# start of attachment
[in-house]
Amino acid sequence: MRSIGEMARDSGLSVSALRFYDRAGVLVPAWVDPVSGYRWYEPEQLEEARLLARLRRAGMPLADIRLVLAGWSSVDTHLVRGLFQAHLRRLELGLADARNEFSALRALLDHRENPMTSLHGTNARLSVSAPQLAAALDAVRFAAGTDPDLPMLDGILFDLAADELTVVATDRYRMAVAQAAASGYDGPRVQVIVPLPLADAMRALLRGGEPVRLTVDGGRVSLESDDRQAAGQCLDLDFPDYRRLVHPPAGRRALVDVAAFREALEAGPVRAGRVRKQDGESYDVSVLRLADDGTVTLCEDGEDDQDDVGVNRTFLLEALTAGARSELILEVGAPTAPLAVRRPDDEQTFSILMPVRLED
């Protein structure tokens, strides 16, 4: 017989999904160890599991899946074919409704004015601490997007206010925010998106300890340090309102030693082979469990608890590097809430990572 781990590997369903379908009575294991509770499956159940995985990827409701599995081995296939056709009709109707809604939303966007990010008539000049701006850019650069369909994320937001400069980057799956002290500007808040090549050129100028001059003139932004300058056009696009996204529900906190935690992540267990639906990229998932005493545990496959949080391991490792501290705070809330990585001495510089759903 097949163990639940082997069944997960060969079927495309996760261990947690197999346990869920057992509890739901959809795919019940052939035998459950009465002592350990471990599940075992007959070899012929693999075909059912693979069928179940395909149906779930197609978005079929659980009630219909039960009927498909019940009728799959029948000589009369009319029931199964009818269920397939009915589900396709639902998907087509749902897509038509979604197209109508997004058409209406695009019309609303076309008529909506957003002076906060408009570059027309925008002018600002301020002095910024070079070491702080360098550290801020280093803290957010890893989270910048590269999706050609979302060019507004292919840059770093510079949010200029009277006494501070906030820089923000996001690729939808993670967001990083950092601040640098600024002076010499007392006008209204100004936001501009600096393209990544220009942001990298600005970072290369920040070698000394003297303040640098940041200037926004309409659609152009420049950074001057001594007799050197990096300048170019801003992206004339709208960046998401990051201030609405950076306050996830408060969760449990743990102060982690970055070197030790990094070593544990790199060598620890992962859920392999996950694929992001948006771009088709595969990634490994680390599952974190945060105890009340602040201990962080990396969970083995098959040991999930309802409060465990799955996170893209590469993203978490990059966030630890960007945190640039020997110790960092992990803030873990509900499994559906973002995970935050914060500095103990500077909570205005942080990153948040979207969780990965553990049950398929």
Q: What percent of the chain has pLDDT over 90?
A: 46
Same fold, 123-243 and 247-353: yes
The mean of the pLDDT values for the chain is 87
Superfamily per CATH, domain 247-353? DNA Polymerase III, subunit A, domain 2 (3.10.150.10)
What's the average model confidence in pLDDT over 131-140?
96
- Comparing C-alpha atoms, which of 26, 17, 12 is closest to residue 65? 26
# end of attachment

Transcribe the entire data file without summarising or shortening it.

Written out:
[in-house]
Amino acid sequence: MRSIGEMARDSGLSVSALRFYDRAGVLVPAWVDPVSGYRWYEPEQLEEARLLARLRRAGMPLADIRLVLAGWSSVDTHLVRGLFQAHLRRLELGLADARNEFSALRALLDHRENPMTSLHGTNARLSVSAPQLAAALDAVRFAAGTDPDLPMLDGILFDLAADELTVVATDRYRMAVAQAAASGYDGPRVQVIVPLPLADAMRALLRGGEPVRLTVDGGRVSLESDDRQAAGQCLDLDFPDYRRLVHPPAGRRALVDVAAFREALEAGPVRAGRVRKQDGESYDVSVLRLADDGTVTLCEDGEDDQDDVGVNRTFLLEALTAGARSELILEVGAPTAPLAVRRPDDEQTFSILMPVRLED
């Protein structure tokens, strides 16, 4: 017989999904160890599991899946074919409704004015601490997007206010925010998106300890340090309102030693082979469990608890590097809430990572 781990590997369903379908009575294991509770499956159940995985990827409701599995081995296939056709009709109707809604939303966007990010008539000049701006850019650069369909994320937001400069980057799956002290500007808040090549050129100028001059003139932004300058056009696009996204529900906190935690992540267990639906990229998932005493545990496959949080391991490792501290705070809330990585001495510089759903 097949163990639940082997069944997960060969079927495309996760261990947690197999346990869920057992509890739901959809795919019940052939035998459950009465002592350990471990599940075992007959070899012929693999075909059912693979069928179940395909149906779930197609978005079929659980009630219909039960009927498909019940009728799959029948000589009369009319029931199964009818269920397939009915589900396709639902998907087509749902897509038509979604197209109508997004058409209406695009019309609303076309008529909506957003002076906060408009570059027309925008002018600002301020002095910024070079070491702080360098550290801020280093803290957010890893989270910048590269999706050609979302060019507004292919840059770093510079949010200029009277006494501070906030820089923000996001690729939808993670967001990083950092601040640098600024002076010499007392006008209204100004936001501009600096393209990544220009942001990298600005970072290369920040070698000394003297303040640098940041200037926004309409659609152009420049950074001057001594007799050197990096300048170019801003992206004339709208960046998401990051201030609405950076306050996830408060969760449990743990102060982690970055070197030790990094070593544990790199060598620890992962859920392999996950694929992001948006771009088709595969990634490994680390599952974190945060105890009340602040201990962080990396969970083995098959040991999930309802409060465990799955996170893209590469993203978490990059966030630890960007945190640039020997110790960092992990803030873990509900499994559906973002995970935050914060500095103990500077909570205005942080990153948040979207969780990965553990049950398929």
Q: What percent of the chain has pLDDT over 90?
A: 46
Same fold, 123-243 and 247-353: yes
The mean of the pLDDT values for the chain is 87
Superfamily per CATH, domain 247-353? DNA Polymerase III, subunit A, domain 2 (3.10.150.10)
What's the average model confidence in pLDDT over 131-140?
96
- Comparing C-alpha atoms, which of 26, 17, 12 is closest to residue 65? 26